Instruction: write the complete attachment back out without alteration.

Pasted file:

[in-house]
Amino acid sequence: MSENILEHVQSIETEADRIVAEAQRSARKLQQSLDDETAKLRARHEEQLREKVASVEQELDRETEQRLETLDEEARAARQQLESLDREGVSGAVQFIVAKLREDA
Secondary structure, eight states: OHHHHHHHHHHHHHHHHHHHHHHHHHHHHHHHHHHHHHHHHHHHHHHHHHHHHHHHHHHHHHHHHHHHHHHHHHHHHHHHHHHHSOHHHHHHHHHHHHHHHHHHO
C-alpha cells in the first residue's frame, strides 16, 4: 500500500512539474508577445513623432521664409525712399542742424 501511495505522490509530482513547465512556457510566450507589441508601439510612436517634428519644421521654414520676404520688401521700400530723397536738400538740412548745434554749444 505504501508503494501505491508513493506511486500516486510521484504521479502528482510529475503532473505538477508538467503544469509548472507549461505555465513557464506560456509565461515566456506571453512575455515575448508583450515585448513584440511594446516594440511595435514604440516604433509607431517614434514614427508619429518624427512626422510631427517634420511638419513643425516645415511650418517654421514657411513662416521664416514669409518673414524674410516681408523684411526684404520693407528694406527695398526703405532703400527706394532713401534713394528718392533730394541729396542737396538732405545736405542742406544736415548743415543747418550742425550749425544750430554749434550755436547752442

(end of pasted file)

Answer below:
[in-house]
Amino acid sequence: MSENILEHVQSIETEADRIVAEAQRSARKLQQSLDDETAKLRARHEEQLREKVASVEQELDRETEQRLETLDEEARAARQQLESLDREGVSGAVQFIVAKLREDA
Secondary structure, eight states: OHHHHHHHHHHHHHHHHHHHHHHHHHHHHHHHHHHHHHHHHHHHHHHHHHHHHHHHHHHHHHHHHHHHHHHHHHHHHHHHHHHHSOHHHHHHHHHHHHHHHHHHO
C-alpha cells in the first residue's frame, strides 16, 4: 500500500512539474508577445513623432521664409525712399542742424 501511495505522490509530482513547465512556457510566450507589441508601439510612436517634428519644421521654414520676404520688401521700400530723397536738400538740412548745434554749444 505504501508503494501505491508513493506511486500516486510521484504521479502528482510529475503532473505538477508538467503544469509548472507549461505555465513557464506560456509565461515566456506571453512575455515575448508583450515585448513584440511594446516594440511595435514604440516604433509607431517614434514614427508619429518624427512626422510631427517634420511638419513643425516645415511650418517654421514657411513662416521664416514669409518673414524674410516681408523684411526684404520693407528694406527695398526703405532703400527706394532713401534713394528718392533730394541729396542737396538732405545736405542742406544736415548743415543747418550742425550749425544750430554749434550755436547752442